Eytan Halon is a 23-year-old who has just graduated, but, unlike his peers, who are taking gap years in Thailand or embarking on the long road to employment, he has just bought a one-way ticket to Israel. To join the Israel Defence Force.
And he's not the only one either. Eytan is one of numerous British-Israeli graduates who are travelling to serve in the IDF. A group called Mahal Mums has even been set up to support parents of children who have enlisted.
Darren Cohen, another 23-year-old British graduate, is also making aliyah (emigrating to Israel), after actively seeking out to join the IDF.
"I would describe myself as a left-wing Zionist," the former King's College London student tells HuffPost UK. "My sister and uncle and cousins live in Israel and my dad made aliyah and returned. I lived in Israel for a year on a programme with my youth movement Habonim Dror.
"I believe that it is important to take responsibility and defend my country like the majority of the rest of the society has done there."
Like Darren, Eytan has strong familial connections to Israel, and is intent on defending his parents' homeland.
Born in Manchester to British parents, Eytan studied law with French at Birmingham University, but will shortly become an Israeli citizen when he leaves the UK to fly to the Middle East on Sunday.
"I've spent a lot of time in Israel," Eytan tells HuffPost UK. "I grew up in a traditional, Jewish family that has always maintained strong connections with the country.
"I spent a gap year there and it was then I decided I wanted to move to Israel permanently."
There is no active recruitment process for the IDF outside of Israel so Eytan joined Garin Tzabar, a programme for young Jews and Israelis living abroad who wish to return to serve in the IDF.
Although Israeli citizens over the age of 18 are only required to serve for a minimum of six months in the nation's army, Eytan signed up for the maximum period of time.
"I have decided to sign up for a full three-year service." Eytan explains. "A full service will enable me to receive comprehensive training and contribute more to the defence of the country."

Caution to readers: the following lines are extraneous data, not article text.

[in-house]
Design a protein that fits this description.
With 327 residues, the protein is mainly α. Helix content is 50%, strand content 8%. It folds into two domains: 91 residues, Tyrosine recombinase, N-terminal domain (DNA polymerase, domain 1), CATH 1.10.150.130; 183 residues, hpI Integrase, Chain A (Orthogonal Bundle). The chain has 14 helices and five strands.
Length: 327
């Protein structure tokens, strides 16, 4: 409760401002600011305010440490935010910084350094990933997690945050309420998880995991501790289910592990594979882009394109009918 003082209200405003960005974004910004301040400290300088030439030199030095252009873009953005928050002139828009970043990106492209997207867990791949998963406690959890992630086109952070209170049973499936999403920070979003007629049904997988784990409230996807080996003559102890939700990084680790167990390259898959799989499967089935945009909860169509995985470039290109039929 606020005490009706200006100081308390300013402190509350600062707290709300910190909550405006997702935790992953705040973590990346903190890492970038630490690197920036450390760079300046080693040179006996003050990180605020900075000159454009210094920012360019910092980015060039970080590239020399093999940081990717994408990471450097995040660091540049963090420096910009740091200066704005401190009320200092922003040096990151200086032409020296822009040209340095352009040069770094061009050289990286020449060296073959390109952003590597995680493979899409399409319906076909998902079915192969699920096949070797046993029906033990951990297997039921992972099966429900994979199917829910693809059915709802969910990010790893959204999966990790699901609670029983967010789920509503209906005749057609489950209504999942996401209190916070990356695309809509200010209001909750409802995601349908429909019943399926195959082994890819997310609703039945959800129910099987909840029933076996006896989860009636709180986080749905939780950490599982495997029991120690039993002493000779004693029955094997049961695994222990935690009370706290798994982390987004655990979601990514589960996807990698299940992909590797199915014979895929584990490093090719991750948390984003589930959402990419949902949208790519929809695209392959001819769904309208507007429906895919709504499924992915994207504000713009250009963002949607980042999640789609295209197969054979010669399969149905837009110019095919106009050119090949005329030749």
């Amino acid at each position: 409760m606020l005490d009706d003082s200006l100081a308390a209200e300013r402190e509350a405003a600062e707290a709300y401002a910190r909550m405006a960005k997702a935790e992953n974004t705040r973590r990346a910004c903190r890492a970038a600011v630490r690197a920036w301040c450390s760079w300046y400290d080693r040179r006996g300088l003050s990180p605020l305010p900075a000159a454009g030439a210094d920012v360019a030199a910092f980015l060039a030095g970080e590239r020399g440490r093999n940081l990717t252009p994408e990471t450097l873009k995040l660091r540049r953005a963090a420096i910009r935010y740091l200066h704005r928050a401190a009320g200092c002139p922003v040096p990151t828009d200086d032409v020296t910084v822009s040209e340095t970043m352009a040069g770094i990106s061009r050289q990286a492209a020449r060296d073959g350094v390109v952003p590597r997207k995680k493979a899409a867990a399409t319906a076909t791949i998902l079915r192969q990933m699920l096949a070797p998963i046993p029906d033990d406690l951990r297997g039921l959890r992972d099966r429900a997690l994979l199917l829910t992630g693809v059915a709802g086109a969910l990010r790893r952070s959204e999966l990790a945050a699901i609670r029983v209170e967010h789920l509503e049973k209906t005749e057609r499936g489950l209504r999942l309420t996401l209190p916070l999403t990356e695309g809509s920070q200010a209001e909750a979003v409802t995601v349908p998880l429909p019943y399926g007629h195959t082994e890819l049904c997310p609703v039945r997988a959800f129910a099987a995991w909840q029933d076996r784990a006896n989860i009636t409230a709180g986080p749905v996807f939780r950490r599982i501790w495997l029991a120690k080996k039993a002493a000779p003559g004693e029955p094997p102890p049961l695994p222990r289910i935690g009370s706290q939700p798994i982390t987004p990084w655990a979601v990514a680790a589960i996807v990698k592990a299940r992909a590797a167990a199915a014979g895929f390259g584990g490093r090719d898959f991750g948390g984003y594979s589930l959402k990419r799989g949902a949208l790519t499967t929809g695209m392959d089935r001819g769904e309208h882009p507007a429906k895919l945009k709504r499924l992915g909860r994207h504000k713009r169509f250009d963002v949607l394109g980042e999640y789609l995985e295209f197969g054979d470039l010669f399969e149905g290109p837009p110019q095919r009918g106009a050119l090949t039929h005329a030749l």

Last week reports emerged Israeli soldier Hadar Goldin, who is now allegedly dead, had been kidnapped by Hamas fighters.
Eytan admits the worry of being kidnapped is "one of the greatest fears that exist in Israel", but adds: "Such events unite the country in an incredible manner. It’s a rare event that you’re trained to avoid, and you can only pray that it won’t happen."
The graduate's friends and family have voiced their concerns for his safety, but have been "overwhelmingly supportive" of his decision to join the army.
"They recognise the unfortunate need for young men and women to defend the state and that coming from abroad should not provide any sort of exemption from that requirement," he says. "I have a number of friends that have already moved to Israel and have either completed their army services or are currently serving. Within the UK Jewish community, the decision to move to Israel and/or join the IDF is fully understood and praised."
However despite his apparent adamance to join the army, Eytan adds: "I don’t know anyone who truly wants or desires to join the IDF.
"There are many who see a better life for themselves in Israel and the army is a necessary step on the path to living there. We would all be far happier if the conflict ended tomorrow and none of us had to join the army.
"Unfortunately, the army is a fact of life and some do feel obligated to contribute to the defence of the only Jewish state in the world.
"Over the past few weeks, my mind has constantly been thinking about my friends who are currently fighting and my family running to their bomb shelters.
"I deeply sympathise with innocent civilians in Gaza who are caught up in these sad events. I’m hoping quiet will return as soon as possible.
"I’m an optimist when it comes to peace in the Middle East, but there’s also the realistic knowledge that this won’t be the last round of violence.
"Who knows where I’ll be next time?"